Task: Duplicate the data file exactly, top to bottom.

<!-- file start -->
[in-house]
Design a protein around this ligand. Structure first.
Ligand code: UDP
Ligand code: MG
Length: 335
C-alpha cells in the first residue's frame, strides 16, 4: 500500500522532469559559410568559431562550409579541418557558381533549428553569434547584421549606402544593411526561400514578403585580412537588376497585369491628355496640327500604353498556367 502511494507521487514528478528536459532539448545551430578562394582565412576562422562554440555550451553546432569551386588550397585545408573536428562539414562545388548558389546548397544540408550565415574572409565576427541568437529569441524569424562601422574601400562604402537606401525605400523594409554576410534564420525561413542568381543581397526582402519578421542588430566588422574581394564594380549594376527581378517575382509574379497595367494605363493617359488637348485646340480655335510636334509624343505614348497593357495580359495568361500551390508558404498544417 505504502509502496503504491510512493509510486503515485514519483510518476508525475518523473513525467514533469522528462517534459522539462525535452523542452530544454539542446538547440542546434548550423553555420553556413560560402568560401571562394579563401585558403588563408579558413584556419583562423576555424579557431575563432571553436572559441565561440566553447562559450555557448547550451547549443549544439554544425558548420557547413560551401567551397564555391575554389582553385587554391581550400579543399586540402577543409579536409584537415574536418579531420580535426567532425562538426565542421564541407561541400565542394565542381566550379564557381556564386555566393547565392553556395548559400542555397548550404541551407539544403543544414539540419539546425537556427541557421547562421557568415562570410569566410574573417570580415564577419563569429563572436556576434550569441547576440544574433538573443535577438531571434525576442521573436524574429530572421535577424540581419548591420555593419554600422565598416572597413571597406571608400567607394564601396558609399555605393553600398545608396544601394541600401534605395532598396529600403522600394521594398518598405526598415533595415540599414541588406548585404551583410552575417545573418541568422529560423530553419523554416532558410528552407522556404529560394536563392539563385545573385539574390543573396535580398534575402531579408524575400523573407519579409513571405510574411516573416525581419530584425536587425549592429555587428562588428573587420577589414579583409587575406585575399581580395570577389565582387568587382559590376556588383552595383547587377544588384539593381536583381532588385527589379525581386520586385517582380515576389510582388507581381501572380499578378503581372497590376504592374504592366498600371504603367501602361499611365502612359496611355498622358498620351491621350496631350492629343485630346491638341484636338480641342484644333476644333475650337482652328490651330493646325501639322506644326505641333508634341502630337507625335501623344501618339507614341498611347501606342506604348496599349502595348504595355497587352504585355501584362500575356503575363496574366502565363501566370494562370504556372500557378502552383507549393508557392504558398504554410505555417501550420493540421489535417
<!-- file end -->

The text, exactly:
[in-house]
Design a protein around this ligand. Structure first.
Ligand code: UDP
Ligand code: MG
Length: 335
C-alpha cells in the first residue's frame, strides 16, 4: 500500500522532469559559410568559431562550409579541418557558381533549428553569434547584421549606402544593411526561400514578403585580412537588376497585369491628355496640327500604353498556367 502511494507521487514528478528536459532539448545551430578562394582565412576562422562554440555550451553546432569551386588550397585545408573536428562539414562545388548558389546548397544540408550565415574572409565576427541568437529569441524569424562601422574601400562604402537606401525605400523594409554576410534564420525561413542568381543581397526582402519578421542588430566588422574581394564594380549594376527581378517575382509574379497595367494605363493617359488637348485646340480655335510636334509624343505614348497593357495580359495568361500551390508558404498544417 505504502509502496503504491510512493509510486503515485514519483510518476508525475518523473513525467514533469522528462517534459522539462525535452523542452530544454539542446538547440542546434548550423553555420553556413560560402568560401571562394579563401585558403588563408579558413584556419583562423576555424579557431575563432571553436572559441565561440566553447562559450555557448547550451547549443549544439554544425558548420557547413560551401567551397564555391575554389582553385587554391581550400579543399586540402577543409579536409584537415574536418579531420580535426567532425562538426565542421564541407561541400565542394565542381566550379564557381556564386555566393547565392553556395548559400542555397548550404541551407539544403543544414539540419539546425537556427541557421547562421557568415562570410569566410574573417570580415564577419563569429563572436556576434550569441547576440544574433538573443535577438531571434525576442521573436524574429530572421535577424540581419548591420555593419554600422565598416572597413571597406571608400567607394564601396558609399555605393553600398545608396544601394541600401534605395532598396529600403522600394521594398518598405526598415533595415540599414541588406548585404551583410552575417545573418541568422529560423530553419523554416532558410528552407522556404529560394536563392539563385545573385539574390543573396535580398534575402531579408524575400523573407519579409513571405510574411516573416525581419530584425536587425549592429555587428562588428573587420577589414579583409587575406585575399581580395570577389565582387568587382559590376556588383552595383547587377544588384539593381536583381532588385527589379525581386520586385517582380515576389510582388507581381501572380499578378503581372497590376504592374504592366498600371504603367501602361499611365502612359496611355498622358498620351491621350496631350492629343485630346491638341484636338480641342484644333476644333475650337482652328490651330493646325501639322506644326505641333508634341502630337507625335501623344501618339507614341498611347501606342506604348496599349502595348504595355497587352504585355501584362500575356503575363496574366502565363501566370494562370504556372500557378502552383507549393508557392504558398504554410505555417501550420493540421489535417